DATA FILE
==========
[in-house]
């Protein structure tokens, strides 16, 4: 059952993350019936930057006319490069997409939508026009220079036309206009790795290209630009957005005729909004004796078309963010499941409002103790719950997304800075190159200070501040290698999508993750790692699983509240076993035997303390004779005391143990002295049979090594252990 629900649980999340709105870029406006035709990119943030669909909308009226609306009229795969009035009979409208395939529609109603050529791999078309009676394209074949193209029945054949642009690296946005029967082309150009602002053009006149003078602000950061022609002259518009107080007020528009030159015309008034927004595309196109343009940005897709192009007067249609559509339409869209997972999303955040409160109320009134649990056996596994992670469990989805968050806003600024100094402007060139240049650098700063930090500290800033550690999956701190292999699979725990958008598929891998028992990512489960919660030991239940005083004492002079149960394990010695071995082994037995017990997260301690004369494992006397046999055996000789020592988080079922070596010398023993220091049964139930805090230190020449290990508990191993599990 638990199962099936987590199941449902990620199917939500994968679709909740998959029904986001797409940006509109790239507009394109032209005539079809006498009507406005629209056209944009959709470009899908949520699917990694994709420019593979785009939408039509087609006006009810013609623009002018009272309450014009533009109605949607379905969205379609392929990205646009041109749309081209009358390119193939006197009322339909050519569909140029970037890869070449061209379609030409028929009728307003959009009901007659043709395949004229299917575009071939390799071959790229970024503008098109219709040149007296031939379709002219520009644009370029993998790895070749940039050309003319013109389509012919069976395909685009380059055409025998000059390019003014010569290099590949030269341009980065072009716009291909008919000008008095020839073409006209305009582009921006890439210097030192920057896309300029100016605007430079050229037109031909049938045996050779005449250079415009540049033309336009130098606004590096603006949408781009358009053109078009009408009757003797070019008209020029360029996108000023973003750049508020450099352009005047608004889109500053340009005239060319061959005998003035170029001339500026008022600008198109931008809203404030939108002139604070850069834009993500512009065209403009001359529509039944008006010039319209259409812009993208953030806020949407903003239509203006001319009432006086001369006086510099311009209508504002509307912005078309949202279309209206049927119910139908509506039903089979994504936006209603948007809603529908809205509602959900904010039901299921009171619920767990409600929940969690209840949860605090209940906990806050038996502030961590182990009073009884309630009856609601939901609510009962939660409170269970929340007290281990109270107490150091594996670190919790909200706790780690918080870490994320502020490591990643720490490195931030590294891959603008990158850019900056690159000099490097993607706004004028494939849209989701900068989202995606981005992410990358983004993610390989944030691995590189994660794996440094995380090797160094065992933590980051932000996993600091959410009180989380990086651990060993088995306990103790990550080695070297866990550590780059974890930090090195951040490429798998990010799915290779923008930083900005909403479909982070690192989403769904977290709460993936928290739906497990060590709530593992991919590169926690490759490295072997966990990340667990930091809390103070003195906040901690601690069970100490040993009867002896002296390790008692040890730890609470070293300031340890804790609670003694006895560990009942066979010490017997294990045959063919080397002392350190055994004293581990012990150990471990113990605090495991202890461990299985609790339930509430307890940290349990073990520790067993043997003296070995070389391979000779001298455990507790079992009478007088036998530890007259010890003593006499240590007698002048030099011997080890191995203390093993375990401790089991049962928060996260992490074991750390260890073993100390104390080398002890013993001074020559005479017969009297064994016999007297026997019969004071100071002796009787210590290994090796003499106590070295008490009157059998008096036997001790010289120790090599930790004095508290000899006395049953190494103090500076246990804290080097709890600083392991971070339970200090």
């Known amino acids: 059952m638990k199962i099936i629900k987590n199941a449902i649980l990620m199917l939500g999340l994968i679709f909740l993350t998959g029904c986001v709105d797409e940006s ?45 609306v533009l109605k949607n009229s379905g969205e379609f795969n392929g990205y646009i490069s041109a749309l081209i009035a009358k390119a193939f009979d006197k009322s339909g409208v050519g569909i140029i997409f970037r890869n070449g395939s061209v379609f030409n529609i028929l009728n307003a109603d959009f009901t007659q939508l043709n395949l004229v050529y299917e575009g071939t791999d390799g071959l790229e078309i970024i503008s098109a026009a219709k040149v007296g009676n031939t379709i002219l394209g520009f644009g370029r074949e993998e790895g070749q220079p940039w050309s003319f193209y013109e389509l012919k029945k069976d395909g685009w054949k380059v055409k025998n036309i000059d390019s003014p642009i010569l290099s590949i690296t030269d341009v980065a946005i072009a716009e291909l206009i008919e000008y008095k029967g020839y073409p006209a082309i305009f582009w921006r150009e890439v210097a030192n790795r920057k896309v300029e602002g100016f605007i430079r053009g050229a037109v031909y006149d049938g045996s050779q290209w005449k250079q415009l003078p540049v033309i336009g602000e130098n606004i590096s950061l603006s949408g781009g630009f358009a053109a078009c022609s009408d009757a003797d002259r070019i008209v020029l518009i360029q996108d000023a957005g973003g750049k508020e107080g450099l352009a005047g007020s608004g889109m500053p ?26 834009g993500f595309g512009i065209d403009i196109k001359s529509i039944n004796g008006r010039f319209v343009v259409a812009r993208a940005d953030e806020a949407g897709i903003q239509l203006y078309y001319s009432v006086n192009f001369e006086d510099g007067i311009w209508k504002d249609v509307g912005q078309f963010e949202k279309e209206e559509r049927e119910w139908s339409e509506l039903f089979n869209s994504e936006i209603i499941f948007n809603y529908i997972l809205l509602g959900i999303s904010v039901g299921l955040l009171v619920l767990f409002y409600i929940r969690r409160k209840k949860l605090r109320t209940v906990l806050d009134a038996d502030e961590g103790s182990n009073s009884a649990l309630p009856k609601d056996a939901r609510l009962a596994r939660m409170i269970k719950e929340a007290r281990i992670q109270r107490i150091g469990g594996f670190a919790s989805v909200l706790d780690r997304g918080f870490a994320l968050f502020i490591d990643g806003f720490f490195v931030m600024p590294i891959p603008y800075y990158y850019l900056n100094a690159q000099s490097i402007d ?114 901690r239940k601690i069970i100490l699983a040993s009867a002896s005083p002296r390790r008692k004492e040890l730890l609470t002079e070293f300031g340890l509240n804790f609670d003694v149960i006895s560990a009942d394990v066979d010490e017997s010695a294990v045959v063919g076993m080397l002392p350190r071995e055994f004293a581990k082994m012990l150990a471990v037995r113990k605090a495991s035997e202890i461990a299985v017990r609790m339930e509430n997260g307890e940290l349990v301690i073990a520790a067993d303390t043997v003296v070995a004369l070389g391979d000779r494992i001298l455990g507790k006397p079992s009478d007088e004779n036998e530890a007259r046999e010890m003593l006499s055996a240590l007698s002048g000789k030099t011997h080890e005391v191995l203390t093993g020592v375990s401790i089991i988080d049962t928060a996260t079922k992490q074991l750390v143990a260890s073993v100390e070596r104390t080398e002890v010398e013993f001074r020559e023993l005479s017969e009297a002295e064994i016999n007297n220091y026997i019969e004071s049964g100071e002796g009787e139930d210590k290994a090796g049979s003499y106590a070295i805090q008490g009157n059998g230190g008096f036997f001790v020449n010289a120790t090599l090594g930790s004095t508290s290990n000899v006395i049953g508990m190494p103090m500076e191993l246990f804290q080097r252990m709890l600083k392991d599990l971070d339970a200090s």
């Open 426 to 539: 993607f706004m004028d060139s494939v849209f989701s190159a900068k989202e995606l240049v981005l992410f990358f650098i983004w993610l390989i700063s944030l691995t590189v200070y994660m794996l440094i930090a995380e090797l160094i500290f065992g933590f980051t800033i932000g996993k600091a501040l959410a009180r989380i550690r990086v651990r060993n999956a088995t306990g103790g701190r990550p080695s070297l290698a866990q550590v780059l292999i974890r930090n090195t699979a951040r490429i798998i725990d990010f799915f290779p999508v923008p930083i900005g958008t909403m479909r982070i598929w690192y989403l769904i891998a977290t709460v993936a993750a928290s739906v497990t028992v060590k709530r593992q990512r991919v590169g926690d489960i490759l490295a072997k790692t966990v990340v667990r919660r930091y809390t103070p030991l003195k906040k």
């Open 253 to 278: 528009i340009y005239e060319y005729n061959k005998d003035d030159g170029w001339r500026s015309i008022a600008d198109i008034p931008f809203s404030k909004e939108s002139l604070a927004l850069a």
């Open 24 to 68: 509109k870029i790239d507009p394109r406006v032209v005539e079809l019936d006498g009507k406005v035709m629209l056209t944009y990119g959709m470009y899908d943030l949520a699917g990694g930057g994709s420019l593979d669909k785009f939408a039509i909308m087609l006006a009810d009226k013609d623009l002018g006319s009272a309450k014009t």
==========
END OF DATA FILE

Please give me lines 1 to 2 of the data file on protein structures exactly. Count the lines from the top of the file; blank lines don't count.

[in-house]
């Protein structure tokens, strides 16, 4: 059952993350019936930057006319490069997409939508026009220079036309206009790795290209630009957005005729909004004796078309963010499941409002103790719950997304800075190159200070501040290698999508993750790692699983509240076993035997303390004779005391143990002295049979090594252990 629900649980999340709105870029406006035709990119943030669909909308009226609306009229795969009035009979409208395939529609109603050529791999078309009676394209074949193209029945054949642009690296946005029967082309150009602002053009006149003078602000950061022609002259518009107080007020528009030159015309008034927004595309196109343009940005897709192009007067249609559509339409869209997972999303955040409160109320009134649990056996596994992670469990989805968050806003600024100094402007060139240049650098700063930090500290800033550690999956701190292999699979725990958008598929891998028992990512489960919660030991239940005083004492002079149960394990010695071995082994037995017990997260301690004369494992006397046999055996000789020592988080079922070596010398023993220091049964139930805090230190020449290990508990191993599990 638990199962099936987590199941449902990620199917939500994968679709909740998959029904986001797409940006509109790239507009394109032209005539079809006498009507406005629209056209944009959709470009899908949520699917990694994709420019593979785009939408039509087609006006009810013609623009002018009272309450014009533009109605949607379905969205379609392929990205646009041109749309081209009358390119193939006197009322339909050519569909140029970037890869070449061209379609030409028929009728307003959009009901007659043709395949004229299917575009071939390799071959790229970024503008098109219709040149007296031939379709002219520009644009370029993998790895070749940039050309003319013109389509012919069976395909685009380059055409025998000059390019003014010569290099590949030269341009980065072009716009291909008919000008008095020839073409006209305009582009921006890439210097030192920057896309300029100016605007430079050229037109031909049938045996050779005449250079415009540049033309336009130098606004590096603006949408781009358009053109078009009408009757003797070019008209020029360029996108000023973003750049508020450099352009005047608004889109500053340009005239060319061959005998003035170029001339500026008022600008198109931008809203404030939108002139604070850069834009993500512009065209403009001359529509039944008006010039319209259409812009993208953030806020949407903003239509203006001319009432006086001369006086510099311009209508504002509307912005078309949202279309209206049927119910139908509506039903089979994504936006209603948007809603529908809205509602959900904010039901299921009171619920767990409600929940969690209840949860605090209940906990806050038996502030961590182990009073009884309630009856609601939901609510009962939660409170269970929340007290281990109270107490150091594996670190919790909200706790780690918080870490994320502020490591990643720490490195931030590294891959603008990158850019900056690159000099490097993607706004004028494939849209989701900068989202995606981005992410990358983004993610390989944030691995590189994660794996440094995380090797160094065992933590980051932000996993600091959410009180989380990086651990060993088995306990103790990550080695070297866990550590780059974890930090090195951040490429798998990010799915290779923008930083900005909403479909982070690192989403769904977290709460993936928290739906497990060590709530593992991919590169926690490759490295072997966990990340667990930091809390103070003195906040901690601690069970100490040993009867002896002296390790008692040890730890609470070293300031340890804790609670003694006895560990009942066979010490017997294990045959063919080397002392350190055994004293581990012990150990471990113990605090495991202890461990299985609790339930509430307890940290349990073990520790067993043997003296070995070389391979000779001298455990507790079992009478007088036998530890007259010890003593006499240590007698002048030099011997080890191995203390093993375990401790089991049962928060996260992490074991750390260890073993100390104390080398002890013993001074020559005479017969009297064994016999007297026997019969004071100071002796009787210590290994090796003499106590070295008490009157059998008096036997001790010289120790090599930790004095508290000899006395049953190494103090500076246990804290080097709890600083392991971070339970200090």